Senate Bill 1: What Now?

Senate Bill 1 takes effect Thursday, September 15. Photo by Lauren Hough.


With the establishment of Senate Bill 1an almost total ban on abortion, on September 15it is important to know what resources are available for people on campus who may become pregnant or who are worried about their partner.

Butler sent a E-mail with resources for students that are offered by health departments, including oral contraceptives, condoms, testing for sexually transmitted infections, and pregnancy tests.

The email also provided mental health and spiritual resources such as Counseling and Counseling Services, CCS, and Center for Faith and Vocation, CFV.

Other important information outlined in the email was the steps to take if someone chooses to pursue a legal abortion. If a student needs to travel for an abortion, they are asked to contact Butler’s Title IX director, Georgia Hensley.

Keith Magnus, Director of Counseling Services, hopes students feel comfortable talking with CCS so they don’t have to make important decisions on their own.

CCSs are not commissioned reporters, so students can feel comfortable knowing they can talk to their advisors and that the information shared doesn’t leave their meetings.

If the information is subpoenaed by a court, Magnus said CCS will then contact Butler’s legal team to try to keep your information private.

“We have no legal right to share anything with anyone without this student’s permission,” Magnus said.

This would be a rare case, in Magnus’ view, where private information discussed during a therapy session would be subpoenaed and CSC would be required to provide it.

Cori Robinson, a political science and international studies student, said Butler’s email was helpful for students and listed good resources available to them.

“I honestly think Butler sent out a good email about this as well, with resources provided on campus and in the Indy area, so that anyone, regardless of perspective, feels like to be able to get help no matter what,” Robinson said. .

Destiny Cherry, a second-year strategic communications student, thinks the Faith and Vocation Center is a helpful resource people can turn to if they need advice.

“The Center for Faith and Vocation is a great place to go if you need help with this stuff or just need someone to talk to, and they can point you in one direction,” said said Cherry.

The Center for Faith and Vocation offers guidance to people of many faiths, including Catholic, Jewish, Muslim, Evangelical, Orthodox, and even secular beliefs.

For those looking for resources outside of the Butler campus and Indiana, the closest state someone could access a legal abortion throughout their pregnancy is Illinois. Michigan blocked a ban in court, and abortion is now legal in the state. Like Indiana, Ohio and Kentucky have both banned abortion on the books.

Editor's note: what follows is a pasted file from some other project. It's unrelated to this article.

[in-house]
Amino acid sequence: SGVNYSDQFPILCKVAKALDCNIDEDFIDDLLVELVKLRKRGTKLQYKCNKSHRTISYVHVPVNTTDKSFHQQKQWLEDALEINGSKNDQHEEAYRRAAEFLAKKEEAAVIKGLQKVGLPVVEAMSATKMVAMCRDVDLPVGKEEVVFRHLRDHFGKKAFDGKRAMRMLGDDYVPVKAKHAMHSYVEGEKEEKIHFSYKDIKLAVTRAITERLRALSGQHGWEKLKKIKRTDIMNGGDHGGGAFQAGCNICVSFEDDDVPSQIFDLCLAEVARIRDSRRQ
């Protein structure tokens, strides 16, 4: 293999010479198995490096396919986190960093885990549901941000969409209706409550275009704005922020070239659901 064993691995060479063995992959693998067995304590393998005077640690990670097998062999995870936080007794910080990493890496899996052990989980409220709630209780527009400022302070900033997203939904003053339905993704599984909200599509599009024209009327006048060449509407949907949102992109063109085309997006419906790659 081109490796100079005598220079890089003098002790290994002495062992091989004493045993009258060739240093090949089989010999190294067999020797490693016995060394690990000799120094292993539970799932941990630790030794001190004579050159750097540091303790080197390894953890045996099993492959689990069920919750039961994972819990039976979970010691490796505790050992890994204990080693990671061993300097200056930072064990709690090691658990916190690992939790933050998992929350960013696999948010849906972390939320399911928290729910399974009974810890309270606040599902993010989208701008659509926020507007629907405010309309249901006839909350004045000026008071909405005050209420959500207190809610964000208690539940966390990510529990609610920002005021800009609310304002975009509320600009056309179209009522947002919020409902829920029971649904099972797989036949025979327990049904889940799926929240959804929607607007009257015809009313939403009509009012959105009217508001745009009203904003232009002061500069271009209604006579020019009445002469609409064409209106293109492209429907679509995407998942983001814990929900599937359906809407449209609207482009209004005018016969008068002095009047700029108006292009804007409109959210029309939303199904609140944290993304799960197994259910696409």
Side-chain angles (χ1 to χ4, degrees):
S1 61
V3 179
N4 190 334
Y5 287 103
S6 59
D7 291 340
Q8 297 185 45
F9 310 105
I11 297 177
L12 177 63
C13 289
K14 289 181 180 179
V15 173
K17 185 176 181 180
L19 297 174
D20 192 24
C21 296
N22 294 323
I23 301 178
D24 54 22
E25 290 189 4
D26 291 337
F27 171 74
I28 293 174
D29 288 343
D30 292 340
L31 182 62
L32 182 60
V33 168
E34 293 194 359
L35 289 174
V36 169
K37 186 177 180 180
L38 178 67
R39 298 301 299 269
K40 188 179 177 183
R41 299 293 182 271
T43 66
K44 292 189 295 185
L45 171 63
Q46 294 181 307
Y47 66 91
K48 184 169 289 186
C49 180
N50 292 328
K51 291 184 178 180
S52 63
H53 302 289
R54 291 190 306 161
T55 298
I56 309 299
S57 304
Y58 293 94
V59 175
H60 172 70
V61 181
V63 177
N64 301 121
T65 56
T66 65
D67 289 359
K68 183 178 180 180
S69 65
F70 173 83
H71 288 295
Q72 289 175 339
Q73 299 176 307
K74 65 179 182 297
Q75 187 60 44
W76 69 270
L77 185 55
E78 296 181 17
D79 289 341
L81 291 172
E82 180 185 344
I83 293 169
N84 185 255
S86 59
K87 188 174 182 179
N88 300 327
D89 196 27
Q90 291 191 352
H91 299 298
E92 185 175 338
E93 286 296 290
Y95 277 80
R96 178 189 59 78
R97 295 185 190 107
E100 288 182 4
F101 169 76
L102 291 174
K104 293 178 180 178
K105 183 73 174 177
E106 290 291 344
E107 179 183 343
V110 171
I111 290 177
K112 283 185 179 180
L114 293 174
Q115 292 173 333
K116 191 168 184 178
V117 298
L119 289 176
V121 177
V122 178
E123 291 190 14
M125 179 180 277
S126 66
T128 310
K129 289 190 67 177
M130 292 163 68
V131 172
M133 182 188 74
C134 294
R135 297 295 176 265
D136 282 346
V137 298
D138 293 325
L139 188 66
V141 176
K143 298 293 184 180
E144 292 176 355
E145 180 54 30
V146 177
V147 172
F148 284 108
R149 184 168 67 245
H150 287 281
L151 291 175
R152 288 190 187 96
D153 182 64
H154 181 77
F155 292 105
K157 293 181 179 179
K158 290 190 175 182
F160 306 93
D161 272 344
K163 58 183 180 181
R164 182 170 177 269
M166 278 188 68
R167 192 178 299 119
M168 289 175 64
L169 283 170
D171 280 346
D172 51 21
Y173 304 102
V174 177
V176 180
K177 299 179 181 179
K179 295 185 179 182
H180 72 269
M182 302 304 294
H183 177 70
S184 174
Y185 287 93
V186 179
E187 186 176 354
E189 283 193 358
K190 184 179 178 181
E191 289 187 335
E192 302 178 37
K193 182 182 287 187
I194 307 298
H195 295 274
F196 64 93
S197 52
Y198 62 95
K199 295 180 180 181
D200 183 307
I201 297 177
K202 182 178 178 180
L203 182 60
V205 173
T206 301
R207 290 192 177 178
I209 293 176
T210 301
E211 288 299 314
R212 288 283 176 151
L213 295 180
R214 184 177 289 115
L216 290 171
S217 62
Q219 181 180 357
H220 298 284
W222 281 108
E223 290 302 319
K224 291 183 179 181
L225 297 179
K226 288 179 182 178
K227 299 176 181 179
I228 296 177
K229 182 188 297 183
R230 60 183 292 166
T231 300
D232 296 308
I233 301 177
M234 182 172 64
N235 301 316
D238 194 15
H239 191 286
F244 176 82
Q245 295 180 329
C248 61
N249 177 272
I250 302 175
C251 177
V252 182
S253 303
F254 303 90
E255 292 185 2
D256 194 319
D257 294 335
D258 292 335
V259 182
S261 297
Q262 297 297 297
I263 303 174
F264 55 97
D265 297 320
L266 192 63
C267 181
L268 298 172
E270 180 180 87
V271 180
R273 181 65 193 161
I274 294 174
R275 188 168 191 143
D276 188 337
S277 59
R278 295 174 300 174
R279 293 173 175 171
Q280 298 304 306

There are exceptions for rape and incest in SB1, but a physician must declare and document that the pregnancy was the result of rape or incest and explain why. There is no language specifying the legal time frame within which such abortions must take place in the bill, although it originally included an age limit of 16.

Planned parenthood offers emergency contraceptives, such as the morning after pill. Appointments can be made on the Planned Parenthood website, the closest location is 20 minutes from campus. Emergency contraceptives can also be purchased without a prescription from pharmacies.

Indiana law states that clinics, such as Planned Parenthood, can no longer offer abortions in permitted cases of rape or incest, maternal health issues, or fetal abnormality. Only certain hospitals will be allowed to perform abortions.

It’s unclear how pregnancies in Indiana will be monitored when SB1 is implemented, but the period tracking and fertility apps that store the data could be subpoenaed to appear in court.

Digital fingerprints such as text messages to family members or the search history of an abortion pill or clinic could all be used as evidence in a pursuit. Even before SB1 passed, this had precedent in the state of Indiana. In South Bend, Indiana in 2015, a woman named Purvi Patel was sentenced to 20 years in prison for texting her friends talking about taking abortion pills at the end of her pregnancy. She was convicted of feticide and neglect of a dependent, but was eventually released after an appeal.

Planned Parenthood and the American Civil Liberties Union, ACLU, have ongoing lawsuits against SB1, but unless they result in the bill being blocked in court, the ban will go into effect September 15.

Norman D. Briggs